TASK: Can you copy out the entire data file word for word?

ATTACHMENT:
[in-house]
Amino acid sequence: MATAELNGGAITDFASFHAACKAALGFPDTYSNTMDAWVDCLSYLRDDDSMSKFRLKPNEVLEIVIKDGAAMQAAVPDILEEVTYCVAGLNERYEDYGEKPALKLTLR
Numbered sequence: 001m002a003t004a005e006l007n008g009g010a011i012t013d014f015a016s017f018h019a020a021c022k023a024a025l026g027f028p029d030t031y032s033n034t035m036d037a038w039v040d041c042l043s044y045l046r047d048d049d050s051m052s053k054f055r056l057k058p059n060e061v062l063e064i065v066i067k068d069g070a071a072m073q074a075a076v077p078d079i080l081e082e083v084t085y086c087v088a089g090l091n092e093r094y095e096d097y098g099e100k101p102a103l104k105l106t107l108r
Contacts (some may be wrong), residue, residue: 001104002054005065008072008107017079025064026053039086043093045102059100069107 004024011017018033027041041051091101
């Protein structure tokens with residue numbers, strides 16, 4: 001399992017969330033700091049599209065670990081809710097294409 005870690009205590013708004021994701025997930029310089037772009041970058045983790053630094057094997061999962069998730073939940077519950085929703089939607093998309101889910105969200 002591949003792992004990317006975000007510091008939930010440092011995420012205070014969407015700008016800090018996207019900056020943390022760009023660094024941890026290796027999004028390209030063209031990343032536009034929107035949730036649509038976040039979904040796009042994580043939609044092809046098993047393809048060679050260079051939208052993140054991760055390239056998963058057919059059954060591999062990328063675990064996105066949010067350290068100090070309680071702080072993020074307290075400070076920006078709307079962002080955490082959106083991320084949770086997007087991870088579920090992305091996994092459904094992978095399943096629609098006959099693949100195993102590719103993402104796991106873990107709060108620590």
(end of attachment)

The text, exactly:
[in-house]
Amino acid sequence: MATAELNGGAITDFASFHAACKAALGFPDTYSNTMDAWVDCLSYLRDDDSMSKFRLKPNEVLEIVIKDGAAMQAAVPDILEEVTYCVAGLNERYEDYGEKPALKLTLR
Numbered sequence: 001m002a003t004a005e006l007n008g009g010a011i012t013d014f015a016s017f018h019a020a021c022k023a024a025l026g027f028p029d030t031y032s033n034t035m036d037a038w039v040d041c042l043s044y045l046r047d048d049d050s051m052s053k054f055r056l057k058p059n060e061v062l063e064i065v066i067k068d069g070a071a072m073q074a075a076v077p078d079i080l081e082e083v084t085y086c087v088a089g090l091n092e093r094y095e096d097y098g099e100k101p102a103l104k105l106t107l108r
Contacts (some may be wrong), residue, residue: 001104002054005065008072008107017079025064026053039086043093045102059100069107 004024011017018033027041041051091101
């Protein structure tokens with residue numbers, strides 16, 4: 001399992017969330033700091049599209065670990081809710097294409 005870690009205590013708004021994701025997930029310089037772009041970058045983790053630094057094997061999962069998730073939940077519950085929703089939607093998309101889910105969200 002591949003792992004990317006975000007510091008939930010440092011995420012205070014969407015700008016800090018996207019900056020943390022760009023660094024941890026290796027999004028390209030063209031990343032536009034929107035949730036649509038976040039979904040796009042994580043939609044092809046098993047393809048060679050260079051939208052993140054991760055390239056998963058057919059059954060591999062990328063675990064996105066949010067350290068100090070309680071702080072993020074307290075400070076920006078709307079962002080955490082959106083991320084949770086997007087991870088579920090992305091996994092459904094992978095399943096629609098006959099693949100195993102590719103993402104796991106873990107709060108620590």